Dozens of migrants in Calais tried to storm a ferry bound for Britain amid mounting calls by France for David Cameron to help tackle illegal immigration across the Channel.
Riot police were deployed after up to 100 people breached security and tried to run up the ramp of the cross-Channel ferry.
Migrants were foiled from getting on board the MyFerryLink-operated Berlioz vessel when the crew raised the ramp and turned a fire hose on them yesterday, officials and a witness said.
A MyFerryLink spokesman said: "MyFerryLink can confirm that an incident took place in Calais yesterday, whereby several migrants entered the port and attempted to board the MyFerryLink Berlioz.
"The crew took immediate action to ensure the ship's security and the attempt was unsuccessful."
A spokesman for ferry operator P&O, whose vessel Spirit Of Britain was not stormed, said: "We approached the port and witnessed all the migrants.
"Our crew remained just in the inner harbour and didn't tie up until we were able to do so."
One passenger, John Bailey, told the BBC that he saw a large crowd of migrants on the main access road being guarded by French police, some armed with sub-machine guns.
A Border Force spokesman in the UK said the ramps on the vessel were immediately raised when a number of migrants entered the port, and none were able to board.
She said: "The incident was quickly brought under control and the French police apprehended all those involved. All freight vehicles inside the port at the time have been rescreened by Border Force."
The development came amid increasing anger across the Channel at the rising number of migrants flocking to Calais.
The port town has long been used as a staging post for desperate migrants to try to reach the shores of Britain.
But recent months have seen a big increase in their numbers and clashes have erupted between rival African migrants.
The disorder and large influx, mainly from African countries including Sudan and Eritrea, have led the mayor and deputy mayor of Calais to make direct appeals for UK help.
Calais mayor, Natacha Bouchart, this week stoked tensions by threatening to blockade the ferry port in an effort to force Britain to take action.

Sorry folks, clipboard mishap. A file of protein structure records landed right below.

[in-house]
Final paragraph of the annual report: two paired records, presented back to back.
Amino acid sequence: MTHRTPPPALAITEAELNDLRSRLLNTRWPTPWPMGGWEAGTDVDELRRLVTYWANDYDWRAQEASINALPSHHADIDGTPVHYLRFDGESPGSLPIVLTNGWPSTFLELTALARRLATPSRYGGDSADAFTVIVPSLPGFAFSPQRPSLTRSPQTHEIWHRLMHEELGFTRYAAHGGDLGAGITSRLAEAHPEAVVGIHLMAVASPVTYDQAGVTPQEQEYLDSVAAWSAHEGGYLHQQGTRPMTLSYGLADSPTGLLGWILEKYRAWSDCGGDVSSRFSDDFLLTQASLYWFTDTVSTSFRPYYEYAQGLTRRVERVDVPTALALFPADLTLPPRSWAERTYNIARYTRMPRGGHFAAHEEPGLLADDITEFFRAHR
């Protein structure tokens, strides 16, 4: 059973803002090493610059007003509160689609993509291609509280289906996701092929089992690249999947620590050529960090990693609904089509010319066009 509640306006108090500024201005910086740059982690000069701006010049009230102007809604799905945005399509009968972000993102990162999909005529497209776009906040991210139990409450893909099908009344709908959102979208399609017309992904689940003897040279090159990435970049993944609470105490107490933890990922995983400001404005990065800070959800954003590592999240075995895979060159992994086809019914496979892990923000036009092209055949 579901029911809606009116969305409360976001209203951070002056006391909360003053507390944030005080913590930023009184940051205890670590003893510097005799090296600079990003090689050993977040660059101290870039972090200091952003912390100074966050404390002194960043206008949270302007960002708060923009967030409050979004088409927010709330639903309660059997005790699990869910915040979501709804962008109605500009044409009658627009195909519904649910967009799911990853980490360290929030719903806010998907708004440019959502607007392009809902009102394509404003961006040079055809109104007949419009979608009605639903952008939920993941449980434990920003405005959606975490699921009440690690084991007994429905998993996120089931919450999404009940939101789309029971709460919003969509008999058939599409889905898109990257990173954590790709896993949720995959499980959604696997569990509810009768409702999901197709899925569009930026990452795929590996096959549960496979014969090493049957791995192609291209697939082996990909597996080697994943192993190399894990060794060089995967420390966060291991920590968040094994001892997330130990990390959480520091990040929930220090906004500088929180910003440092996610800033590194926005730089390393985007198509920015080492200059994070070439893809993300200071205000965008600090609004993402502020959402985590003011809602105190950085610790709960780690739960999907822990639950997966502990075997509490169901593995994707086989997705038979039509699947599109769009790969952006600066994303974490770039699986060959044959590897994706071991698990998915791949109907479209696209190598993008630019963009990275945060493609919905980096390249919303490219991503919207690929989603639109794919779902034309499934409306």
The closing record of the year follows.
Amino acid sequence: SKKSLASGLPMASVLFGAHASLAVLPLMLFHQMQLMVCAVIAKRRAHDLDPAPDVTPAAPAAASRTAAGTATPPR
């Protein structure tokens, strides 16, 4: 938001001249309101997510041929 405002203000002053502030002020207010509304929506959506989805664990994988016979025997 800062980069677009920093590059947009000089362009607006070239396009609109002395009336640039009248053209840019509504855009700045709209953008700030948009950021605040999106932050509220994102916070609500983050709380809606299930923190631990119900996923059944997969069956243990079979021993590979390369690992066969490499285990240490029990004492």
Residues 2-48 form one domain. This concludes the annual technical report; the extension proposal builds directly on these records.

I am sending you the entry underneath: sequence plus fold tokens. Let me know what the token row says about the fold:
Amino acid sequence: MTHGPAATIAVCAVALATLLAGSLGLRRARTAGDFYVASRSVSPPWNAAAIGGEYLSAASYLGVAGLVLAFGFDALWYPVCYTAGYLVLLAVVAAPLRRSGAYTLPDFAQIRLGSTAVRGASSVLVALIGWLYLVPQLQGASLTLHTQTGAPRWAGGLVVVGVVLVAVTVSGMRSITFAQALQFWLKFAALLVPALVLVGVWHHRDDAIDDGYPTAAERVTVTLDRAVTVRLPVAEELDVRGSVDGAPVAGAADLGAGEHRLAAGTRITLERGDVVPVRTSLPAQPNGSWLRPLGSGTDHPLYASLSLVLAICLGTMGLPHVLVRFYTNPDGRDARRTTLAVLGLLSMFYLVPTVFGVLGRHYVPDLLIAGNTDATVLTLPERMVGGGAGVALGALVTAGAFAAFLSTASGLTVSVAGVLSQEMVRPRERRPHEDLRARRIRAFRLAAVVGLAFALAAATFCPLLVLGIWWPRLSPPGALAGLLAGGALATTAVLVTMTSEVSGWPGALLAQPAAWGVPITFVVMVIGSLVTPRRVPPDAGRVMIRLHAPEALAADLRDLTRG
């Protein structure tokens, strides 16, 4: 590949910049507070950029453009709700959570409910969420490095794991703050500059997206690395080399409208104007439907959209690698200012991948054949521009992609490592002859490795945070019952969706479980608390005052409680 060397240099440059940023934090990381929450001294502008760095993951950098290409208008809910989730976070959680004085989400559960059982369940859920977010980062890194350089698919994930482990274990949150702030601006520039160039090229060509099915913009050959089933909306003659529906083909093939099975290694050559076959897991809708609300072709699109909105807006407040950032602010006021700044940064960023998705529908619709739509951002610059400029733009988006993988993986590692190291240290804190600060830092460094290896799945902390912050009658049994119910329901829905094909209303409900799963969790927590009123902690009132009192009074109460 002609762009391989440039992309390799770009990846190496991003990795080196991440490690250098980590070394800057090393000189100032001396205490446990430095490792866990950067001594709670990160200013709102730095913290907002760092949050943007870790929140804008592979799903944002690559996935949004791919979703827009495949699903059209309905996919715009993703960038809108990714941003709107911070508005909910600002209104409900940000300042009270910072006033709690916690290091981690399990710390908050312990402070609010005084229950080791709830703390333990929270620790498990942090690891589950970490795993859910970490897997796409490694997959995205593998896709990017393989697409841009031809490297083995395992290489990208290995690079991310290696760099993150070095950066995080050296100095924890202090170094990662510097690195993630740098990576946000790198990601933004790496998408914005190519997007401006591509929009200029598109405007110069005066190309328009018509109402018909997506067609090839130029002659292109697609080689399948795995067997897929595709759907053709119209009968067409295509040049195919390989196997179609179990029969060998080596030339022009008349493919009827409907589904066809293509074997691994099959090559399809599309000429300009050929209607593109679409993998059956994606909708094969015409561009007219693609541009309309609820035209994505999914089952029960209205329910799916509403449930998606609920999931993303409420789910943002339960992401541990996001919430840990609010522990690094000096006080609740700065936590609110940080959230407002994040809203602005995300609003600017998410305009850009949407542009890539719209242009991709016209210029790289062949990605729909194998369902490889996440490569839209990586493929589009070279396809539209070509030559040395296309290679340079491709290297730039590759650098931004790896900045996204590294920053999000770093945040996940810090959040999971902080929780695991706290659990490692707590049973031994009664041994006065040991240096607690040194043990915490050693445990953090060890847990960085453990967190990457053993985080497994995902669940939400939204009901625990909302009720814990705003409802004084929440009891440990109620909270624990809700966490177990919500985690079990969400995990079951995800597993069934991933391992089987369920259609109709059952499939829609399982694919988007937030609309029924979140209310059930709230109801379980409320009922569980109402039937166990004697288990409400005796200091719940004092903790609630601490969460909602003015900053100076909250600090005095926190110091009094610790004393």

She said: "Have we got to block the port for (the) English to react? What have we got to do for (the) English to listen to us.
"I invite the English authorities to come to Calais to see what we suffer every day."
She has called for a "strong message" from Britain to deal with the issues faced in Calais.
And she added: "My priority is and will remain to the Calais population. The (people of) Calais can no longer be held hostage to this situation."
The French interior minister Bernard Cazeneuve has also reportedly waded into the dispute as he called for British intervention to ease the pressure.
He is said to have called on Britain to "assume their responsibilities" as he demanded more co-operation to help dismantle people-trafficking networks and called for a round-the-clock British presence in Calais.
The Home Secretary met Mr Cazeneuve last week to discuss bolstering security, Border Force officials in Britain said.
The Border Force spokesman said: "Security at the UK border is our priority, and we continue to strengthen it to stop those who have no right to enter the UK.
"We have already made improvements to security at Calais, working with the French authorities.
"We have, for instance, upgraded vehicle scanning equipment with the latest technology to detect people hiding in lorries and tankers and have increased the number of body detection dogs stationed at Calais.
"We will continue to bolster security, and the Home Secretary met the French Interior Minister Bernard Cazeneuve last week to discuss this important work."
In 2002, the French government closed the Sangatte Red Cross centre, near Calais after repeated lobbying by then home secretary David Blunkett.
And last month it was reported that Ms Bouchart was planning a state-funded camp away from local residents amid the "unbearable strain" of the high numbers of migrants.